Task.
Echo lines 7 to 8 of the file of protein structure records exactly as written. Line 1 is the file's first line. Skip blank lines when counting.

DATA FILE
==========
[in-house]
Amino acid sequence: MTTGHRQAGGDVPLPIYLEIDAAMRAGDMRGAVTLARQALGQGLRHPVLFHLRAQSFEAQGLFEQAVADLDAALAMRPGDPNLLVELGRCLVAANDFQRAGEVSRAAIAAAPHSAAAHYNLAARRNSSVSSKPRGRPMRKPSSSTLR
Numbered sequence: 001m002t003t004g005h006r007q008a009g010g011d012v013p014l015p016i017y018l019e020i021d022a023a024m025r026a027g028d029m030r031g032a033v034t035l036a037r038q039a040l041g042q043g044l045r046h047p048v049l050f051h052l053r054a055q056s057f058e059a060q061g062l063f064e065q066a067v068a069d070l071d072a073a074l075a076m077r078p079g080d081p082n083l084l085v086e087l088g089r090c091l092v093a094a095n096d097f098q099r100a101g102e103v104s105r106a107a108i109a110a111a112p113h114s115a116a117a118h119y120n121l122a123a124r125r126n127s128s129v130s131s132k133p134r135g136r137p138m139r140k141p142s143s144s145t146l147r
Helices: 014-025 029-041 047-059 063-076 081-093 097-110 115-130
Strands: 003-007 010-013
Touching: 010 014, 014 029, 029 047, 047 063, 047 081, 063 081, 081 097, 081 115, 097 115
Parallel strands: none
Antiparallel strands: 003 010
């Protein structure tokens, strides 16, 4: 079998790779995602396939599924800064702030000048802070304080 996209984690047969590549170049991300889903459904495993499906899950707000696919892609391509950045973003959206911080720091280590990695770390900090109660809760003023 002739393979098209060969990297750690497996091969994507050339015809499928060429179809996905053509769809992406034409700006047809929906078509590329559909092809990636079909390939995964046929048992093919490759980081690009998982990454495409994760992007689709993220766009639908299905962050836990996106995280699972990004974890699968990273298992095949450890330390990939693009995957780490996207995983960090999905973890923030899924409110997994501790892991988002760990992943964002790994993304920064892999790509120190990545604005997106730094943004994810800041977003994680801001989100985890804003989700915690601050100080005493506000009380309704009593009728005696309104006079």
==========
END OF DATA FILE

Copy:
Parallel strands: none
Antiparallel strands: 003 010